I read an amusing article in our local newspaper about a man who, when stopped by the police, obligingly produced his ‘Attestation De Déplacement Dérogatoire’ (the form we have to fill in to go anywhere during lockdown. The French love a form.) The man hadn’t found the appropriate box to check, as his reason for leaving the house was ‘to smash a bloke’s face in’. As the policeman said with some irony, ‘he seemed keen to make an effort to adhere to the rules, in his own way!’

This cake is made with einkorn flour (although it will work very well with ordinary flour), which is one of my favourites because of its subtle nutty flavour. Einkorn flour is the most ancient form of wheat, and very different from modern wheat. It is very high in protein, essential fatty acids, phosphorous, potassium, iron, vitamin B6, lutein and beta-carotene, which gives it a golden tint. Einkorn flour has a very low gluten content which makes it much easier to digest than wheat flour.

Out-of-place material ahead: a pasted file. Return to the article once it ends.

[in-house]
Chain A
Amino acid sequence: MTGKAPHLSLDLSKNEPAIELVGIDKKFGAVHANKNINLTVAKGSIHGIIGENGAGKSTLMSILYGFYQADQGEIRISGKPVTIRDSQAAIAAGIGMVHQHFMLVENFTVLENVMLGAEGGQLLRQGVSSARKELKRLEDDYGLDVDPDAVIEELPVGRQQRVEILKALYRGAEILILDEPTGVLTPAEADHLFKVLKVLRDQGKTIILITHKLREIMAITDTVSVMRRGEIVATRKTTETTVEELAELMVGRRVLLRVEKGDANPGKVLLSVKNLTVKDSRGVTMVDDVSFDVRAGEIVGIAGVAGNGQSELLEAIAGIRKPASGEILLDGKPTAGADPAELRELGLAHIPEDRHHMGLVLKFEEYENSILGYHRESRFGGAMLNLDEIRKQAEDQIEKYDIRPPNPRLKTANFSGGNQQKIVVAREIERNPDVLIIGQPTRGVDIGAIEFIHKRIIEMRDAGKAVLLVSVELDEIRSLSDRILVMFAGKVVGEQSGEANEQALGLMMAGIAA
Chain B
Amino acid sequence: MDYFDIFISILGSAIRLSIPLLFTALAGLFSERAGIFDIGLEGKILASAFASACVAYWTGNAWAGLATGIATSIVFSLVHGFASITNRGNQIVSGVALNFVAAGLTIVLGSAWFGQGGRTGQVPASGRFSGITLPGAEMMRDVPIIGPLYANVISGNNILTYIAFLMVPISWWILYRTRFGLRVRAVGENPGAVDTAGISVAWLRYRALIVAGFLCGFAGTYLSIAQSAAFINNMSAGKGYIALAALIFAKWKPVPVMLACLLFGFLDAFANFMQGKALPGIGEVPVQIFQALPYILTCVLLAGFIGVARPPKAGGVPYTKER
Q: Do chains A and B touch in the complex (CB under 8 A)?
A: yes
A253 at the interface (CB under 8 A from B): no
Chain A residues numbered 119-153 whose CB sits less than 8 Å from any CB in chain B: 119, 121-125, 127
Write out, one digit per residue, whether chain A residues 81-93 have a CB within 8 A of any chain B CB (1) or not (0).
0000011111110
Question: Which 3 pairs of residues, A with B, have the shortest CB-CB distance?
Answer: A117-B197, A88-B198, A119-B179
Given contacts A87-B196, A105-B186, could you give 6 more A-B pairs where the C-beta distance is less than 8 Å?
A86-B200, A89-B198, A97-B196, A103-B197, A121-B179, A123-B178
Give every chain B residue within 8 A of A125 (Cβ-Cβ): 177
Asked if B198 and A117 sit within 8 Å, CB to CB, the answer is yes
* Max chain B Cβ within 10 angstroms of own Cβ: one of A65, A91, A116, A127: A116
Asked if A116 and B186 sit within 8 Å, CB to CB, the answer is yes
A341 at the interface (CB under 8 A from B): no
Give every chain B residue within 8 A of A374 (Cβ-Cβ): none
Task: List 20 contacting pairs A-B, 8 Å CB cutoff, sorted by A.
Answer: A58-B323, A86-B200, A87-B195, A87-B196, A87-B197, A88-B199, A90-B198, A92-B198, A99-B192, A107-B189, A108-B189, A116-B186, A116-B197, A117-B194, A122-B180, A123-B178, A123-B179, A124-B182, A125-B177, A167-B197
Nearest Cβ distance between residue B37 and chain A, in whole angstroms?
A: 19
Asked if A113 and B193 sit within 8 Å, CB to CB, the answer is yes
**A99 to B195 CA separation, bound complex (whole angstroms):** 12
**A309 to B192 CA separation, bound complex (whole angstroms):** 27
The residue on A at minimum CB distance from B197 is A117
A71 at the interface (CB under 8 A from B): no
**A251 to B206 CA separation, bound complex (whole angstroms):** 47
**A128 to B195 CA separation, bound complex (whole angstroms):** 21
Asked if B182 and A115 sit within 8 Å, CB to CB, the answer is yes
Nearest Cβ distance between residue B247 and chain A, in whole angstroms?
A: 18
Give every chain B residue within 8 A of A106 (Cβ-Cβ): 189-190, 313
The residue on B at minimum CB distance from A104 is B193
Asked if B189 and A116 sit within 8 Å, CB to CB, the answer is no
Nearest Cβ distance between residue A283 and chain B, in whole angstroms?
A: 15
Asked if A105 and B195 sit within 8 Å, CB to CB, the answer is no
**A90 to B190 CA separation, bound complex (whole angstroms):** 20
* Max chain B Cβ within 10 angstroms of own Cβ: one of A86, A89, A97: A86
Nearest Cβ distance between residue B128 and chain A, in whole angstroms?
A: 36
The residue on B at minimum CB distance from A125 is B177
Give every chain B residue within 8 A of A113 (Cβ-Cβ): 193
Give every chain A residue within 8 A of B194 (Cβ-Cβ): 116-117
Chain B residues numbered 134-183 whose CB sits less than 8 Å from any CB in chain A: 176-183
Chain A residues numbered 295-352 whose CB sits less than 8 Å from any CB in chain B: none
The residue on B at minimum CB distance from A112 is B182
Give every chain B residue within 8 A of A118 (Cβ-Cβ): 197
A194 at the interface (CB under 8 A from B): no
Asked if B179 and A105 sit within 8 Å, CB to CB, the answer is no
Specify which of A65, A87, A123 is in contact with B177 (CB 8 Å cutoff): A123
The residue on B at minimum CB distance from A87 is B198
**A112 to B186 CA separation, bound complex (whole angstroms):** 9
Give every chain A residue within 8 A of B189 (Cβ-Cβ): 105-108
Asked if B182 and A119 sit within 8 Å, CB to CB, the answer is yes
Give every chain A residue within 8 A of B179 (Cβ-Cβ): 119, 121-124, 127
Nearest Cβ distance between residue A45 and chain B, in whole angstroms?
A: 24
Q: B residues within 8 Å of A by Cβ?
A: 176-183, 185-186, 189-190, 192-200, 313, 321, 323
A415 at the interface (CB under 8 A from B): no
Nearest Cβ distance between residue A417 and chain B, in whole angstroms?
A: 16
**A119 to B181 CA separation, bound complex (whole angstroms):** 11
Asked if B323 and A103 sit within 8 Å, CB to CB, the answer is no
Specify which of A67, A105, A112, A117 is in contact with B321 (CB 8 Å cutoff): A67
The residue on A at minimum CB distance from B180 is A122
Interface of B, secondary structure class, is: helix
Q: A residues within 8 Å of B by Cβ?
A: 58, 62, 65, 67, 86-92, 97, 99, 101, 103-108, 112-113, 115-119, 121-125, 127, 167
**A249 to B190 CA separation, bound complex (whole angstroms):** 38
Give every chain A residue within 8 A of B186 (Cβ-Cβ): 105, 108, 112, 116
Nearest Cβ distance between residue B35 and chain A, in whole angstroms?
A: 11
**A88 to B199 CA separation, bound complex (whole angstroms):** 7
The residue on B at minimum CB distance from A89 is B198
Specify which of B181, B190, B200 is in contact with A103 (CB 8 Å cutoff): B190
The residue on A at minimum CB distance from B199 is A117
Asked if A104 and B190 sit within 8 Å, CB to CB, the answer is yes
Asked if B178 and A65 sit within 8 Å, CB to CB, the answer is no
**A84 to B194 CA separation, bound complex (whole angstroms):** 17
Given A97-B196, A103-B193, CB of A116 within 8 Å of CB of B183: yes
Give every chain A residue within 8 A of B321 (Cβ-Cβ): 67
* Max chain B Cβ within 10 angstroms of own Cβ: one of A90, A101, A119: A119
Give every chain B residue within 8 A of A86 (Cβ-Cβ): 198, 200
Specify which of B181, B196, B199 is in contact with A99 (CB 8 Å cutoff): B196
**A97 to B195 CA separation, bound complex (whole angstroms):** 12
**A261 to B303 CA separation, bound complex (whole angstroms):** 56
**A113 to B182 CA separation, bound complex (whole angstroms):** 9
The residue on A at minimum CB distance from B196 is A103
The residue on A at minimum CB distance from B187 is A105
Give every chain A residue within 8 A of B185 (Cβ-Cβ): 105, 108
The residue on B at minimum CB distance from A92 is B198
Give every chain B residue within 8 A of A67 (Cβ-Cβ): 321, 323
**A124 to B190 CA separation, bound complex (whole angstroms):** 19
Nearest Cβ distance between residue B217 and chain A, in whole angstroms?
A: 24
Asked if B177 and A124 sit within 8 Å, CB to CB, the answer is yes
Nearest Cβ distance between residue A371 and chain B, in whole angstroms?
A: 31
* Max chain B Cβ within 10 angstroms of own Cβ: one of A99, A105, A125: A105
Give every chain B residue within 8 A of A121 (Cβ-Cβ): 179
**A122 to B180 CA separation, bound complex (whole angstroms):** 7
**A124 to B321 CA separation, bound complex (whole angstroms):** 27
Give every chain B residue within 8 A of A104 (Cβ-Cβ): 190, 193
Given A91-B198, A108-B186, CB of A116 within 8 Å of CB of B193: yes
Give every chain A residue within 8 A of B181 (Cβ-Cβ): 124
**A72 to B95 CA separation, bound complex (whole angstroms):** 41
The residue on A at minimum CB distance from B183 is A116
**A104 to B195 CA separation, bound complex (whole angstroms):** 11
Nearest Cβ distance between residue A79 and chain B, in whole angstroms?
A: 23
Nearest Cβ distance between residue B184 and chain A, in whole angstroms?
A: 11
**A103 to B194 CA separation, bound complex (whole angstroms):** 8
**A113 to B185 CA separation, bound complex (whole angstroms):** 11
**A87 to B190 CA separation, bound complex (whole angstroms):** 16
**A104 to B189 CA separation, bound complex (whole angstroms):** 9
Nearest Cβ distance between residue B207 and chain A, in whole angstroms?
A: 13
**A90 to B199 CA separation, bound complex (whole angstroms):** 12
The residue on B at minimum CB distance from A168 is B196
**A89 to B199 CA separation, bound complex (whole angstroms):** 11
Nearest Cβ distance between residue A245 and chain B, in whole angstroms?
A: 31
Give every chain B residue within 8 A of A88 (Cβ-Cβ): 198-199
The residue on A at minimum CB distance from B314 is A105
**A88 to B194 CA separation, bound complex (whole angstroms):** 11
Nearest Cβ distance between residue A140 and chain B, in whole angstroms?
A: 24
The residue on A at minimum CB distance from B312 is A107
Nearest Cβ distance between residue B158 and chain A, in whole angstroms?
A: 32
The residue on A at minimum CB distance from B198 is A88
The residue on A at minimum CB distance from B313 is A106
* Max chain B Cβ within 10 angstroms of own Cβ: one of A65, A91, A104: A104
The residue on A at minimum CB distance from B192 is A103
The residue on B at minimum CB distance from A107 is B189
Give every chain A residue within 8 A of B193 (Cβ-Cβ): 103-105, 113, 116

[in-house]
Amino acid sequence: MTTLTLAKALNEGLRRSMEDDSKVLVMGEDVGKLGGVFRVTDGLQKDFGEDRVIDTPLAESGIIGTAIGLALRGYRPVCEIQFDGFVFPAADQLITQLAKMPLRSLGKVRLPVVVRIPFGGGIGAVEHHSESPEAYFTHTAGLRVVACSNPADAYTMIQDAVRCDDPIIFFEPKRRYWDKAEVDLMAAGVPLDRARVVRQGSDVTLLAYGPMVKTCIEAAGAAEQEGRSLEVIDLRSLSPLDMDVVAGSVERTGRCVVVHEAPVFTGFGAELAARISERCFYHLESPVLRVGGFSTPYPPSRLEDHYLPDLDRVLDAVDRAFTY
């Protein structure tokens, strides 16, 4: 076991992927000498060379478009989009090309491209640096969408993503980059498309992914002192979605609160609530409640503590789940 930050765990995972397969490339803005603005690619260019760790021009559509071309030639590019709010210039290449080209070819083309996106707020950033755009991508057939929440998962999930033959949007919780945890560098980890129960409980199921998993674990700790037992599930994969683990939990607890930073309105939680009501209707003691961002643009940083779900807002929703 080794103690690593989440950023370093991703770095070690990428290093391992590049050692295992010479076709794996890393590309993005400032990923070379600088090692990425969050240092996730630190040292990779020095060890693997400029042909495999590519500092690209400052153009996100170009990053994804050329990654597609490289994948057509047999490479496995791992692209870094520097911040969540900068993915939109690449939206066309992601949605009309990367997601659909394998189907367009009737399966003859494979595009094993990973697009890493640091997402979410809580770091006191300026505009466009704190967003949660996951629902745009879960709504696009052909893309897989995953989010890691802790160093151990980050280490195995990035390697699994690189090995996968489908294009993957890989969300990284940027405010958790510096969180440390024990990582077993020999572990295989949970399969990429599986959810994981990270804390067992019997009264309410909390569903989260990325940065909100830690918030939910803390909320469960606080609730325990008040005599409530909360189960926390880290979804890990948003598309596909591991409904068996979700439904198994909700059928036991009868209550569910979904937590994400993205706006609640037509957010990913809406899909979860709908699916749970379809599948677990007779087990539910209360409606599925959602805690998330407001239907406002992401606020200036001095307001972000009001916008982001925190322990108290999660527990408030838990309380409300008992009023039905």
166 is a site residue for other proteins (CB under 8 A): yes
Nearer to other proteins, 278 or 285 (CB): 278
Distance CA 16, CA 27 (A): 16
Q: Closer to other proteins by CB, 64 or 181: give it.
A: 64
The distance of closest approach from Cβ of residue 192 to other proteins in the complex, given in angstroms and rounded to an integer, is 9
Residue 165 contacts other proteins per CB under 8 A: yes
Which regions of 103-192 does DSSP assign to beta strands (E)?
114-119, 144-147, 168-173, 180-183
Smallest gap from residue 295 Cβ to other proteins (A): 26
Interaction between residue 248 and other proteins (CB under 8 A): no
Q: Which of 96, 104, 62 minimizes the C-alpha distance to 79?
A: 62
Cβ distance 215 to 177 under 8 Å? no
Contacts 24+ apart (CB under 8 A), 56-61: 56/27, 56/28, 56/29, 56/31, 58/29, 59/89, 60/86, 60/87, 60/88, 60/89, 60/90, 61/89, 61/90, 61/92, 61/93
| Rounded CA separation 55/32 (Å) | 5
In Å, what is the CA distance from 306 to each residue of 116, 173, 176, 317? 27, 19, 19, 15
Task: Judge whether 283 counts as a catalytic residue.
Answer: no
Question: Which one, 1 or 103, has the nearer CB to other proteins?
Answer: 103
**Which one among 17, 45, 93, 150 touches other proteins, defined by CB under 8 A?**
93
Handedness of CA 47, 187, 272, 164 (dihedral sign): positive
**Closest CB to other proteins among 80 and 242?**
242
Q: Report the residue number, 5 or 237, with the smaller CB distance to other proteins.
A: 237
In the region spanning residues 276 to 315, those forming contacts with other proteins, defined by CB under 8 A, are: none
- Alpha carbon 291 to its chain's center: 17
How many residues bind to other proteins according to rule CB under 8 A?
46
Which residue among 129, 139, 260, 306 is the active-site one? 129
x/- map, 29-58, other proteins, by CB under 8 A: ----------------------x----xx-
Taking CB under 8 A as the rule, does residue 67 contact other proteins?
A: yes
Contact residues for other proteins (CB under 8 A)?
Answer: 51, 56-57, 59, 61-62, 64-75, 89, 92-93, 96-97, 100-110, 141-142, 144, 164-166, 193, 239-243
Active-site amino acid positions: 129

Ingredients (10 slices)

2 large apples, peeled and sliced

A handful of raisins

2 tablespoons dark rum

150g cane sugar

3 eggs

2 teaspoons vanilla extract

200g einkorn flour (you could use ordinary flour)

1/2 teaspoon cinnamon

Pinch of salt

1 teaspoon baking powder

Half teaspoon bicarbonate of soda

1 pot of yoghurt (125g)

75ml melted virgin coconut oil

75ml melted butter

Preheat the oven to 180°C and prepare and grease a loaf tin. Poach the apples and raisins in the rum and a small amount of water. Once the apples are soft (about 15 minutes), drain the excess cooking juice and set aside.